Bioethics is the philosophical study of the ethical controversies brought about by advances in biology and medicine (Wikipedia, n.d.). This field can address topics such as abortion, euthanasia,...

Bioethics is the philosophical study of the ethical controversies brought about by advances in biology and medicine (Wikipedia, n.d.). This field can address topics such as abortion, euthanasia, organ transplant, mechanical limbs, infertility treatments, genetic research, and stem cell research. This field is endless, but each new idea presents a list of ethical arguments about bioethics.

Can you think of some arguments for and against these ideas? Examine the implications of such ideas.

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Ashley Kannan | Middle School Teacher | (Level 3) Distinguished Educator

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One of the most critical issues facing bioethics is where "the line" is located.  This "line" represents the point where such scientific inquiry moves into a realm where the propensity for harm exceeds that for good. Bioethics wrestles with the critical issue of whether the "the knowledge gained from the test is worth potential legal and social implications."  However, the benefit from such exploration could be to cure diseases and help to generate cures for people who suffer.  It is a critical issue that faces bioethics because the implications from scientific inquiry carry such intense consequences.  The bioethicist is as much philosopher as they are scientist, for they guide individuals through such gut- wrenching terrain while keeping another eye on the scientific quotient of exploration.  This is one set of arguments that are compelling on both sides, representing a reality that the bioethicist must navigate.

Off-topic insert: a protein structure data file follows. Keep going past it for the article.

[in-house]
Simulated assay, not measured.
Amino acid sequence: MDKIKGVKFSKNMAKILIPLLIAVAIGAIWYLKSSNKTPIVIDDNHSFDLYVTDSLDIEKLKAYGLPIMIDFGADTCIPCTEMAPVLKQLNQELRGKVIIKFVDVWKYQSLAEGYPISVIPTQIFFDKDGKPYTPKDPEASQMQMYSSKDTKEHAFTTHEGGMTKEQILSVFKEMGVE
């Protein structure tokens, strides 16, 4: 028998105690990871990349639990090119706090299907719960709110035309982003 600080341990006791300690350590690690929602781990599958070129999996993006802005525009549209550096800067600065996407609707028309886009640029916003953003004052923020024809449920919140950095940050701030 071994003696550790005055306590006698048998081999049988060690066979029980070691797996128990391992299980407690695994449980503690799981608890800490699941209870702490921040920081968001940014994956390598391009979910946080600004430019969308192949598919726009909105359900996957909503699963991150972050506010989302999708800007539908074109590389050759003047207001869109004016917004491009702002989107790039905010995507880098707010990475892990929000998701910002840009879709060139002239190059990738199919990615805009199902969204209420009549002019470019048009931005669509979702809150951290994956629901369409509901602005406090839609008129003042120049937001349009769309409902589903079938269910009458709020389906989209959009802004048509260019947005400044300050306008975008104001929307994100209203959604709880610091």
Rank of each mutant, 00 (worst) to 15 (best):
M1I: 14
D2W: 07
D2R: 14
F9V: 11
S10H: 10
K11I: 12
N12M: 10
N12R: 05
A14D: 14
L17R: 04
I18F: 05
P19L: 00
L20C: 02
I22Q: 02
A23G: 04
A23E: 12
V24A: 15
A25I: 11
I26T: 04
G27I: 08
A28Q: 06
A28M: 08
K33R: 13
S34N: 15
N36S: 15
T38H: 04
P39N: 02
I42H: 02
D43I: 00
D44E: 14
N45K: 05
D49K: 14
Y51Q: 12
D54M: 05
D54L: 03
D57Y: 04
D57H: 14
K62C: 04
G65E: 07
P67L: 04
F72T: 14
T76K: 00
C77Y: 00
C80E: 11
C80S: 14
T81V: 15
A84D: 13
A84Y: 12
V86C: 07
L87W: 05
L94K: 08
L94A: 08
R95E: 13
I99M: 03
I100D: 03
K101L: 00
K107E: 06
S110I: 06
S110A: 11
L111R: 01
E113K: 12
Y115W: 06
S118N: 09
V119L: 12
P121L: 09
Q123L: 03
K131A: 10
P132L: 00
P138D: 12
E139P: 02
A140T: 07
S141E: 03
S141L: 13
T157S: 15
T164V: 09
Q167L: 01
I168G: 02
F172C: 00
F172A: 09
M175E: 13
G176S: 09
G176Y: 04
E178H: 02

This helps to illuminate another issue facing the bioethicist.  In determining where "the line" exists and how science can be used as a force for good and not manipulated into a force where the propensity for negative consequences exists, the question about where human endeavor needs to surrender to nature exists.  In embracing both a scientific and ethical position, bioethicists have to wrestle with whether or not their work moves into a domain that is not meant for human autonomy to entire.  At the same time, bioethics is the logical conclusion to scientific inquiry.  As long as there has been science, there has always been a “line” that had to be crossed.  Scientific endeavor that has crossed this line has helped to make the world better. The ability to map out an entire human genome sequence could drastically improve the quality of life for many. Yet, doing so might alter evolutionary trends, natural conditions of being, and what defines human consciousness.  Bioethicists have to wrestle with this paradigm in their course of scientific exploration, demonstrating another argument with both sides intrinsic to bioethics.    Science is a force of life, and like all elements of life teeming with life, sometimes good results.  Sometimes, bad results.  Given the social and ethical implications of biotechnology, the bioethicist must develop positions and understandings of what happens when such endeavors go "bad" or when genetic scientists "go rogue."  This represents another argument that covers the landscape of bioethics.

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